Regarding the HIPAA issue: without knowing any of the details, I'll hazard a guess that the supposed HIPAA violator has aggregated data made publicly available either in a fully identified or de-identified fashion (or a mix of the two). De-identified data may be easily re-identified (case in point: Netflix challenge gave teams de-identified rental history; winning team re-identified renters based on cross-checking rental data with reviews posted on IMDB.com). The HIPAA de-identification rule is a relic from an earlier age, and needs to be revisited. Meanwhile, folks may traffic in personal data in what may be a moral gray zone, but probably not a legal gray zone.

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  2. David,

    Good point. We need to know if consumers give a damn one way or another. But they cannot give a damn if they are not aware of what's going on -- which is a point often made in the CDD brief.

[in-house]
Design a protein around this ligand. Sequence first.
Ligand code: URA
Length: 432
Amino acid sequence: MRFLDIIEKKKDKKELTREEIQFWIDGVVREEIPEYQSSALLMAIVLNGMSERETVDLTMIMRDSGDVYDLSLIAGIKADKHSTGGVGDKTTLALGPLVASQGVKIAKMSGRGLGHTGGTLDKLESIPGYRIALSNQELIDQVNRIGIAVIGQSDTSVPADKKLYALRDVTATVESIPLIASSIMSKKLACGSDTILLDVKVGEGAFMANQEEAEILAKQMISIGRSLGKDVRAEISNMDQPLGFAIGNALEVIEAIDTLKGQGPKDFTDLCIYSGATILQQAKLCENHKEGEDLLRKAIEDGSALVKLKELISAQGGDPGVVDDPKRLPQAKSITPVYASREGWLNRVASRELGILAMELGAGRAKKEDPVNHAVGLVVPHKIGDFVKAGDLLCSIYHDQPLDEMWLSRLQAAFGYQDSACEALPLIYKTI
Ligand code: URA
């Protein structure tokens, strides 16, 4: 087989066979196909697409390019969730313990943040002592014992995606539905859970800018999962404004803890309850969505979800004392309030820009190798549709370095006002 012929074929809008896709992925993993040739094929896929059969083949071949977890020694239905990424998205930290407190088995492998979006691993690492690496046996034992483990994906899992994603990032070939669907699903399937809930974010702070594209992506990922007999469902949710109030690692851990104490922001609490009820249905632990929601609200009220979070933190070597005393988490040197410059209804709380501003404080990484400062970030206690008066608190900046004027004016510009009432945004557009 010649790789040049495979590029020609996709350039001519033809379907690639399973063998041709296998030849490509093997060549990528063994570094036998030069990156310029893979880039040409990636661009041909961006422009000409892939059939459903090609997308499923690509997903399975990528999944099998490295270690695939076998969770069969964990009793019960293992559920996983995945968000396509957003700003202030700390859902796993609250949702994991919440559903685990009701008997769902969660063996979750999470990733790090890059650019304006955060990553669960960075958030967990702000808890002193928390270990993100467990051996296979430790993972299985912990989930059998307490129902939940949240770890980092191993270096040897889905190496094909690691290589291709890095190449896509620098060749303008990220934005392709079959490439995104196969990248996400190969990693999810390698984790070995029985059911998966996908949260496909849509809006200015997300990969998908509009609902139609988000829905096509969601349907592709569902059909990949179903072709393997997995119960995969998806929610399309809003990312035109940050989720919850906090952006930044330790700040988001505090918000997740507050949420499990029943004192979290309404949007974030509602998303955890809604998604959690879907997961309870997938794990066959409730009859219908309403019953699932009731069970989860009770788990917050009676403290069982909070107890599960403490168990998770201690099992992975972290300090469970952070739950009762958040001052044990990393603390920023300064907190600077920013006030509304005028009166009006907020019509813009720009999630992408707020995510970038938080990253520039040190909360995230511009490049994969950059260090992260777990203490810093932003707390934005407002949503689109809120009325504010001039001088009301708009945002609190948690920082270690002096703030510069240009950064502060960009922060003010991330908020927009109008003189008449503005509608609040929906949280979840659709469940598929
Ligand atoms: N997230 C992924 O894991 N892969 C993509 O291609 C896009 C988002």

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  3. Alex Hanson11:23 PM

    Advanced tracking for advertising is extremely interesting, and I think the CDD IS confusing the issue by only addressing healthcare for the reasons you've already mentioned. That said, it's easy for those of us involved in digital marketing to forget how mysterious and even unnoticed tracking/profiling is by the average internet user. It is specifically those who are totally unaware of tracking that are vulnerable to thinking that, as in traditional/print marketing, the number of times they see a message must correspond to the size and legitimacy of an advertiser. Unknowing internet users could see the same ad for a scam product again and again, and assume it is legitimate simply because they saw it so frequently. This would be a reasonable assumption in the offline world. Healthcare advertising raises these stakes, because the potential "victims" are sick and potentially very afraid of dying, leading to decisions which are less considered than they otherwise would be. However to my knowledge there are no scam products being advertised to sick patients due to FDA regulation, etc, so this is really only a hypothetical concern. The CDD should have highlighted tracking as a potential problem area and mentioned healthcare consumers as one of many groups where abuse might be especially problematic, along with consumers of legal services, compulsive/addicted consumers, health supplement consumers, etc.